The Linotype

For most people, the word Linotype rings a bell, but they may not be able to place it. If they are familiar with it, it is because there are several fonts on their computer that contain the word. There is reason for this. They are made by a German company called Linotype GmbH. Like several other companies that manufacture fonts, Linotype started out making typefaces for printing presses long before there were computers. Linotype—or rather Ottmar Mergenthaler, the company’s founder—got into the typeface business because they had invented a typesetting machine that used them.

From Gutenberg on, each letter of any printed page had to be set, kerned, and justified by hand. Not to mention that this all had to be done backwards. Even with a room full of “compositors” (people who set type) setting the type for a novel could take weeks. Daily newspapers could only print as much news as could be typeset by their offices before it got dark. Even as the actual printing sped up and demand for printed material skyrocketed, the whole process was hampered by the lengthy process of typesetting. So by the 19th century, many inventors were working on a way to automate this process.

Writers and publishers alike wanted to see the bottleneck of typesetting disappear.  So many of them began investing in inventors who claimed to be able to overcome this problem.  Mark Twain actually invested (and lost) substantial amounts of money into a machine called the Paige Compositor.  Like other machines, the Paige Compositor mimicked the work of the human typesetter, laying a block for each letter in its place.  Unfortunately, this meant that it was extremely complex and difficult to service. This theoretically sped up the process by leaps and bounds but remained too impractical to reach wide acceptance.

During a 10 year period between 1876-1886 Mergenthaler, a German immigrant and watchmaker, and an engineer named James O. Clephane came up with a machine that fared better than most of the other machines intended to set type. The Linotype machine would line up brass blocks, called “matrices,” stamped with letters at the press of a key from a typewriter keyboard. The machine would then adjust the spacing between the letters to the proper justification, and cast the whole line at the same time in molten metal. The machine would then spit out a finished “line o’ type” (hence, the name) and return the matrices back to the part of the machine where it came from. Since these lines were in the order they were typed, and appeared the way they were intended, all that was left was to place them along side the other items to be printed. Even more, because the line was being cast as a negative impression of the matrices, the matrices were placed (from the operator’s point of view) in the correct order so that mistakes could be caught much more easily. The whole process became much faster.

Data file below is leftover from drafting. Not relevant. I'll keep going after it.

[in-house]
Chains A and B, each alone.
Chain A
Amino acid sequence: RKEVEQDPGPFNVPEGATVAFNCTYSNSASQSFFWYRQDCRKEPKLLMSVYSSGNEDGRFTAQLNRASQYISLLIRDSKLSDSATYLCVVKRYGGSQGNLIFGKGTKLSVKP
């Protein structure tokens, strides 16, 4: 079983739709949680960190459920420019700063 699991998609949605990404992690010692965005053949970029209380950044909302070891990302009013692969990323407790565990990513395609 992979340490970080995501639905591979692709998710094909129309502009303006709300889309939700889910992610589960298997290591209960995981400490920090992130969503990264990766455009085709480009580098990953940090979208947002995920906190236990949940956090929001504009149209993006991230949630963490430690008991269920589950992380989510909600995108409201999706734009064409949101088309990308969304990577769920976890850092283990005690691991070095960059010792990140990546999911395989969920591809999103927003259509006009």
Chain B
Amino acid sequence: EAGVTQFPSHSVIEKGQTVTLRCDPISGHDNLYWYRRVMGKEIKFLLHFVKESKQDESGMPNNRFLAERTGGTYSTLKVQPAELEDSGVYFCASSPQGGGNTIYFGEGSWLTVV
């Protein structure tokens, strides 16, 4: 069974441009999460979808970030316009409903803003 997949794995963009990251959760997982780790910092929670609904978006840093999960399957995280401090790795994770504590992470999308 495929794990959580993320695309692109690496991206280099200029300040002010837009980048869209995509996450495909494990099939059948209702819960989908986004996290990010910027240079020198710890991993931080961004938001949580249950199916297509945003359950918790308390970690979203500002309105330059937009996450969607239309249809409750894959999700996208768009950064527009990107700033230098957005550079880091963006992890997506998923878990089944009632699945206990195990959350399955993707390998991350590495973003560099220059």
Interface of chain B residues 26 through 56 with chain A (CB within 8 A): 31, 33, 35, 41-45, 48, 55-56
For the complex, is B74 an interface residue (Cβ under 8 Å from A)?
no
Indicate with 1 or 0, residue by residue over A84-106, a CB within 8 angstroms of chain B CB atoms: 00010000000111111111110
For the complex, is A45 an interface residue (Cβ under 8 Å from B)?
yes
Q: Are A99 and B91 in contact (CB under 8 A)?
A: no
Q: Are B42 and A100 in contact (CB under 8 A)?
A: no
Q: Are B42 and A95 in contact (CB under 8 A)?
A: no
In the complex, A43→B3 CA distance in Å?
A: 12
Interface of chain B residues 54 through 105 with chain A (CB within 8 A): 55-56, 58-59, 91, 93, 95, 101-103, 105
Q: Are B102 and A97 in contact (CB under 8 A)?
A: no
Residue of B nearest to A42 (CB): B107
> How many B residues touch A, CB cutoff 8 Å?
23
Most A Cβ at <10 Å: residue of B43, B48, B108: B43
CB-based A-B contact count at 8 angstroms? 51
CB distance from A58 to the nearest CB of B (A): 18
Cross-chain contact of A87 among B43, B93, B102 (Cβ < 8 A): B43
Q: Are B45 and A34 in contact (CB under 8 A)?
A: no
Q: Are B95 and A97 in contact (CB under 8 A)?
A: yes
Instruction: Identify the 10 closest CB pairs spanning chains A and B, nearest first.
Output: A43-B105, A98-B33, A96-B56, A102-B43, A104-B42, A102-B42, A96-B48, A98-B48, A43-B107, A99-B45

Of course, because many others were working to create an invention that filled the same purpose, similar machines came about. The only machine that could compare to the job was the Monotype machine. It functioned in a very similar way to the Linotype. The major difference being that it molded each character separately. The Monotype also required two operators. The text was typed into one unit, which punched codes for each letter into a strip of paper that was fed into the other unit. The second, or “casting” unit would read the codes and produce the type from it. While popular in Europe, it was not as popular in North America. While fixing mistakes was easier on the Monotype, both new methods of typesetting produced less errors, so this advantage was minimized. Additionally, the extra labor and space required for its operation negated the streamlining that American printers had been looking for in the new machines. Though in every respect comparable to the Monotype, the LInotype was seen as more convenient, and therefore, adopted in larger numbers.



Sean Jennett, Pioneers in Printing: Johann Gutenburg, William Caxton, William Caslon, John Baskerville, Alois Senefelder, Frederick Koenig, Ottmar Mergenthaler, Tolbert Lanston (London: Routledge & Paul, 1958) 153-155.

Paul Collins, “Mark Twain’s big mistake.,” New Scientist 188, no. 2528 (December 3, 2005): 54-55.

S. H Steinberg, Five Hundred Years of Printing, New ed. (London: British Library, 1996) 170.

Jennett, 157-161.

Steinbert, 170-171.


Image Credits:

ECU Digital Collections, “Linotype operator,” February 17, 2009, Flickr,

Brendan Wilkinson, “Hot Metal,” August 10, 2008, Flickr,

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